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Canada threatens Greek feta

05 September 2013 / 16:09:11  GRReporter
3254 reads

Greece may have won the legal battle to protect the name of "feta" cheese at European level but it seems that it will lose it at international level as there is the risk of disregarding the relevant decision of the European Court of Justice on the internal market of the European Union.

This conclusion is the result of yesterday's discussion which took place behind closed doors during the meeting of the European Commission. It was held in connection with the forthcoming negotiations between the European Union and Canada for an agreement to create a free trade zone.

One of the most serious problems with Canada is the protection of the designations of origin and the geographical indication of certain products, including various types of cheese such as Greek feta, Italian Gorgonzola blue cheese and French Munster. Canada produces these types of cheeses, mainly feta, and uses the names that are protected at European level. Moreover, it is warning that it is not intending to stop this.

A possible firmer position of the European Union and the insistence on protecting these products at international level, however, are faced with conflicting interests between the member states of the Union itself. For example, the industrialized north countries want to make concessions to Canada in terms of the names of the geographical area in order for them to receive concessions for the services and products in which they are interested.

Commissioner in charge of these matters, Belgian Karel De Gucht, who will head the European Union delegation during the negotiations with the USA and Canada, seems to support the position of those countries.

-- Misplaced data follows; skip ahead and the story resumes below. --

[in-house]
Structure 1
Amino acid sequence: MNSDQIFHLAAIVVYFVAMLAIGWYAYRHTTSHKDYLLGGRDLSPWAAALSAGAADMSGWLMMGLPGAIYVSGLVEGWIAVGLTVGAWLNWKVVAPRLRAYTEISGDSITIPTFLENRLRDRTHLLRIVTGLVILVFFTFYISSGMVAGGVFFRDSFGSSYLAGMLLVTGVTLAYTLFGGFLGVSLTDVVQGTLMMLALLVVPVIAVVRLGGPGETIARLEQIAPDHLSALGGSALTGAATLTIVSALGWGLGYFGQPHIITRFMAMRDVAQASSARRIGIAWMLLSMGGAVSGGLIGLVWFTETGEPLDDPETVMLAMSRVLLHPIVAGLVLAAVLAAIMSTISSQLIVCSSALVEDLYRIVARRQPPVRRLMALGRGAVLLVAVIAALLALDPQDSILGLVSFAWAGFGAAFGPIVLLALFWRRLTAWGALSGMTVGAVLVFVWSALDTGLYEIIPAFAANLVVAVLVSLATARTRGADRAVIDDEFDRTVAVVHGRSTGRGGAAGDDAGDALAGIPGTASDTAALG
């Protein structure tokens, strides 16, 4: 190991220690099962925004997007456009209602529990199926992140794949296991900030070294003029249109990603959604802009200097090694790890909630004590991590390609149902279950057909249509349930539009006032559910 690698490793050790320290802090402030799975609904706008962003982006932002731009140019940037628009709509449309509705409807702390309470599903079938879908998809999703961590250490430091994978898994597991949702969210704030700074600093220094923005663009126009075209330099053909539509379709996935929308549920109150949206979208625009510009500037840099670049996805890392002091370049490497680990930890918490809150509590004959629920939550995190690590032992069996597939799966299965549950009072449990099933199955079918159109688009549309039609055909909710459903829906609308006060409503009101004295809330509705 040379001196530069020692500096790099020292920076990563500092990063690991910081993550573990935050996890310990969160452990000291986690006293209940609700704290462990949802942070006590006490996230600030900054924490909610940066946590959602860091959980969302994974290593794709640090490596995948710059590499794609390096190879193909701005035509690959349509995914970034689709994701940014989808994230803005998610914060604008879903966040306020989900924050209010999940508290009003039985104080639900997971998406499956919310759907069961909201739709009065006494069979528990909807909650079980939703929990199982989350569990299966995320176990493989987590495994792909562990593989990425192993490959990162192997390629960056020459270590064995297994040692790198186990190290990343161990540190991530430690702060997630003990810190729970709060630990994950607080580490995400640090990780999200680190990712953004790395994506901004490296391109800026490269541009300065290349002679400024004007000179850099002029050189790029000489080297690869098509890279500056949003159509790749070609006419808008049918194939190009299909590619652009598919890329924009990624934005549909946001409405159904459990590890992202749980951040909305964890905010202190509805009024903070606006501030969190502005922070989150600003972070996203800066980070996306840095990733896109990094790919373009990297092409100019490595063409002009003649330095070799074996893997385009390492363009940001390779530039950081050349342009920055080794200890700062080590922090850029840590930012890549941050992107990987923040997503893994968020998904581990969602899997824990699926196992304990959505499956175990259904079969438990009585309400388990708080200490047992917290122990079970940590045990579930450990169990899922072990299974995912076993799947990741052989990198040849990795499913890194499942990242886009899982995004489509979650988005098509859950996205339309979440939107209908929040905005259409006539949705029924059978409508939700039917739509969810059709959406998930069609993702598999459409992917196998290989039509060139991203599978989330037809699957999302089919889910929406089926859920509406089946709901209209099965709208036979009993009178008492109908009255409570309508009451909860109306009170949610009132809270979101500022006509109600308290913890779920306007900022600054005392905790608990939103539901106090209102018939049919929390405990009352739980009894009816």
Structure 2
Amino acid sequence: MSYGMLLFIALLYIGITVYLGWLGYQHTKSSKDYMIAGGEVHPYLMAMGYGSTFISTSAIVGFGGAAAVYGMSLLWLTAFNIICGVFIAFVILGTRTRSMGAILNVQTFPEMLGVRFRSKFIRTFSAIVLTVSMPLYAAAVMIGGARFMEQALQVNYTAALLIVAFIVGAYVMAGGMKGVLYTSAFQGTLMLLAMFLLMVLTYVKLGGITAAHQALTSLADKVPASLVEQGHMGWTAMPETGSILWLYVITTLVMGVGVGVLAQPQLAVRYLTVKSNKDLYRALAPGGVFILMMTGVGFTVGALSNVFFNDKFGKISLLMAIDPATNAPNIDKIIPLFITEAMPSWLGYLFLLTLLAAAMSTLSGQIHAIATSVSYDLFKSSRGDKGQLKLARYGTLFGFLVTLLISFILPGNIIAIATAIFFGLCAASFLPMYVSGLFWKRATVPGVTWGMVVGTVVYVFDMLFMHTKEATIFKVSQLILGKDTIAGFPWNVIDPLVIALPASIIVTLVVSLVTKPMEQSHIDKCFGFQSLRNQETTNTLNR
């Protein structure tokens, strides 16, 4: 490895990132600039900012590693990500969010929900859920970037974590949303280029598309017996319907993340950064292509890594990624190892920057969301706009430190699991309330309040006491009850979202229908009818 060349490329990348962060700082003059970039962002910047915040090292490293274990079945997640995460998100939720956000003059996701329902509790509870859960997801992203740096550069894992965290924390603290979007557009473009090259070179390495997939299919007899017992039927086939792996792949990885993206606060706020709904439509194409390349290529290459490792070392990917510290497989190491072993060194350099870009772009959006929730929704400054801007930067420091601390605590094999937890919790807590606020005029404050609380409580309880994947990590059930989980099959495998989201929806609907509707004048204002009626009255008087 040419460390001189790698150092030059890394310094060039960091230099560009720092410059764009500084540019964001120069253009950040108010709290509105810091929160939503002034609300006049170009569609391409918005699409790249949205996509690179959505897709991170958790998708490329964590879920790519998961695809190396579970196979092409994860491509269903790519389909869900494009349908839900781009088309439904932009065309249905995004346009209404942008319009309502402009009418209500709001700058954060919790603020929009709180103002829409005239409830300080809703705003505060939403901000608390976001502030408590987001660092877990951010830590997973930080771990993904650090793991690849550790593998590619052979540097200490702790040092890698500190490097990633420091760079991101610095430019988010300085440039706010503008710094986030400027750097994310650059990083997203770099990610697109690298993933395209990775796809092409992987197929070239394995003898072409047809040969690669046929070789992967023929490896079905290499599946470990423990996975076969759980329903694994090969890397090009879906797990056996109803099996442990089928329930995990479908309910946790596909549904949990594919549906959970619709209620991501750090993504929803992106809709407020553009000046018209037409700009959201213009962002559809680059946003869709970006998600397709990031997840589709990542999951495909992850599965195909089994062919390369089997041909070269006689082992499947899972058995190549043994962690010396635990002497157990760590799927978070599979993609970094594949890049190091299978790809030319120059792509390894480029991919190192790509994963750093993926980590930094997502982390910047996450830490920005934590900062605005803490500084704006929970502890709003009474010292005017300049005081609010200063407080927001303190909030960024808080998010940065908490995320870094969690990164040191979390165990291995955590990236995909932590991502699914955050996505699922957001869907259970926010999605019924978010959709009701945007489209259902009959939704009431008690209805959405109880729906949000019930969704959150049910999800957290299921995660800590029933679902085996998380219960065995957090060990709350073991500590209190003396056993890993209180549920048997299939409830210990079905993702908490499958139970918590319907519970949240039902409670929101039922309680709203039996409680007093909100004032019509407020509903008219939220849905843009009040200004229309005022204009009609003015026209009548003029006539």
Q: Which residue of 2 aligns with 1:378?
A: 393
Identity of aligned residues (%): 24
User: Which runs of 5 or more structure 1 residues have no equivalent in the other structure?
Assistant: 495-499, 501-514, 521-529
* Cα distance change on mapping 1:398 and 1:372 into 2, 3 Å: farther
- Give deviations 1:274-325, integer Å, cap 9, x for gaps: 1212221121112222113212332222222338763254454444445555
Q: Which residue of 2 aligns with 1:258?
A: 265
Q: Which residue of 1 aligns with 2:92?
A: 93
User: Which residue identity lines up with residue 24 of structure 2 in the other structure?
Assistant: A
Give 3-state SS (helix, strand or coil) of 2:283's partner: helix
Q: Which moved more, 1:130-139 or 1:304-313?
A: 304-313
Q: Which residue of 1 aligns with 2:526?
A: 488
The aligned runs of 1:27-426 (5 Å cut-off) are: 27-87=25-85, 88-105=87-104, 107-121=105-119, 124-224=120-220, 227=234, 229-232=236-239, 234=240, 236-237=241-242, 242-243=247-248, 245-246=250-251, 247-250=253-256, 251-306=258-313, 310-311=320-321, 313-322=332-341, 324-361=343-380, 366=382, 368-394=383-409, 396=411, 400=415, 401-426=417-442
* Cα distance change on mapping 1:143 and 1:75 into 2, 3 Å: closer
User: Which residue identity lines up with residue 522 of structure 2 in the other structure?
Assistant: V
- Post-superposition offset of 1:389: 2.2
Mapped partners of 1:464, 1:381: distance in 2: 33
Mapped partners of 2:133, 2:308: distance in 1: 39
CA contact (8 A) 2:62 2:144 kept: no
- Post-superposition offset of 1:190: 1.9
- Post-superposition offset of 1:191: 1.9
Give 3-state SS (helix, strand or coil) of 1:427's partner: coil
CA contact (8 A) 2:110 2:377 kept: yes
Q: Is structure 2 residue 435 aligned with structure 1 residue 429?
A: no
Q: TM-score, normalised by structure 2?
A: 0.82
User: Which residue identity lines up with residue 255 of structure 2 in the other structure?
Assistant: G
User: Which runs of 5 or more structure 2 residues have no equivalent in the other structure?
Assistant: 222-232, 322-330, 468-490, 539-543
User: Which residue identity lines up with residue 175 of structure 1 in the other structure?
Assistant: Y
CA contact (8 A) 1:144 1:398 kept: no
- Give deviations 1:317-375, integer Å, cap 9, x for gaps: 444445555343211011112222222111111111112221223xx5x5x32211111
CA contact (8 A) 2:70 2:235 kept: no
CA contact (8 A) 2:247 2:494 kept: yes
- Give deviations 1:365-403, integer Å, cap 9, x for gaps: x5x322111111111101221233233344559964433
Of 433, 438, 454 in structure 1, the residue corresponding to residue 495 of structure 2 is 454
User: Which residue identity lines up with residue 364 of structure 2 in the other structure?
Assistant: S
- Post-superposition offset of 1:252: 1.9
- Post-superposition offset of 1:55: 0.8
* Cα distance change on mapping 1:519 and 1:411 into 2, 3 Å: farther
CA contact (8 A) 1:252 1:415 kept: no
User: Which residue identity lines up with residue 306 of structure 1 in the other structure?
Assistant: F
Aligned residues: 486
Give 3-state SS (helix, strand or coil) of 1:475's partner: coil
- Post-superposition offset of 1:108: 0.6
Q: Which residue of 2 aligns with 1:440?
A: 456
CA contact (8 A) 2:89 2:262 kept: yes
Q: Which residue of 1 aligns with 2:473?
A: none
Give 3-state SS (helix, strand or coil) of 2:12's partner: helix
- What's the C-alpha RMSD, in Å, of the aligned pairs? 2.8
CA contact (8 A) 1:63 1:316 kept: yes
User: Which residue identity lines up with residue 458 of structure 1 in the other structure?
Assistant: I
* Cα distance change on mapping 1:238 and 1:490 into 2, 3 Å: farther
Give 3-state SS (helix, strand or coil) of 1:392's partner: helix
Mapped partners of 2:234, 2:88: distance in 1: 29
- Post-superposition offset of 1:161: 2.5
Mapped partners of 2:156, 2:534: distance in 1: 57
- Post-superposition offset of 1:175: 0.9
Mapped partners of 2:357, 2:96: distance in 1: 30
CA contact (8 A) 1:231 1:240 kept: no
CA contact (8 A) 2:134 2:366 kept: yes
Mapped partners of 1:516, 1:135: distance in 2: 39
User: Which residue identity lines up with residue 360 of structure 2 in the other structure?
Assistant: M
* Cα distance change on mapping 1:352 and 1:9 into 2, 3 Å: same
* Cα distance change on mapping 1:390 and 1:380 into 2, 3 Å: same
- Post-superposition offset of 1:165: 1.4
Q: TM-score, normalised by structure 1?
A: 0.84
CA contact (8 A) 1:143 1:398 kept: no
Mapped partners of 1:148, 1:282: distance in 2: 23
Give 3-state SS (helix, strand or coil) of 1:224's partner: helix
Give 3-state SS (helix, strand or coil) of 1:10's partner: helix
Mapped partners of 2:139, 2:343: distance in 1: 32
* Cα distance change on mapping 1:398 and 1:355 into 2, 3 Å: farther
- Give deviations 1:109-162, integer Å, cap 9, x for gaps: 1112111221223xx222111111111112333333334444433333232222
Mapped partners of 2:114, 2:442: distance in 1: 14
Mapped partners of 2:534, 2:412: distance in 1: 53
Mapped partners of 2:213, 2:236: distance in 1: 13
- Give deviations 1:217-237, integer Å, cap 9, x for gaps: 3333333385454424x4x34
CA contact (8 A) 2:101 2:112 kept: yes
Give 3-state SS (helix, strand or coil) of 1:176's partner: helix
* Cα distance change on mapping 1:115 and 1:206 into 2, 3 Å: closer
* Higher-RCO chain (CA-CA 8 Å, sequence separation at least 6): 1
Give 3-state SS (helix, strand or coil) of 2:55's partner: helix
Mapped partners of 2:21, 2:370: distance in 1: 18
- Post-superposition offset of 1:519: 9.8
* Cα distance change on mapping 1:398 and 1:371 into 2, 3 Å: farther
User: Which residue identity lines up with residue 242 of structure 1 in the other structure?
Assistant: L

At yesterday's meeting, Commissioner Maria Damanaki of Greece defended the thesis that the European delegation should insist on an agreement which will allow the existing producers in Canada to continue to use the name used so far for the cheese they produce but which will prohibit the introduction of new products under these names. Maria Damanaki 's position was supported by Italian Antonio Tajani, Vice-President of the European Commission, and French Commissioner Michel Barnier.

However, Karel de Gucht stressed the importance of reaching an agreement with Canada first and then subsequently stated that he was not willing to put other issues on the negotiating table, paying particular attention to Canada’s firm position on "feta".

Ultimately, the commissioners have reached a consensus which is not considered satisfactory for Greece. The delegation of the European Union will ask Canada to not allow its producers to state the name of "Greek feta" on the packaging of the cheese manufactured by them, permitting them to use only the word "feta".

It is obvious that this will pose a considerable problem because today, based on the decision of the European Court, no member state other than Greece can use the name of "feta"; all others can use the name "white cheese".

If the agreement with Canada is finalized, its producers will be able to export cheese under the name of "feta" in the European Union on the one hand and on the other this will become the most significant problem since some third countries, major producers of "feta" cheese such as Turkey, for example, could refer to the precedent of Canada and request such treatment in the contracts which they have signed with the European Union or will sign in the future. Moreover, such developments could provoke partners such as France, Denmark, Germany and the Netherlands which produce "feta" cheese to try to circumvent the decision of the European Court.

Tags: FetaProtected trade namesEuropean CommissionCanada
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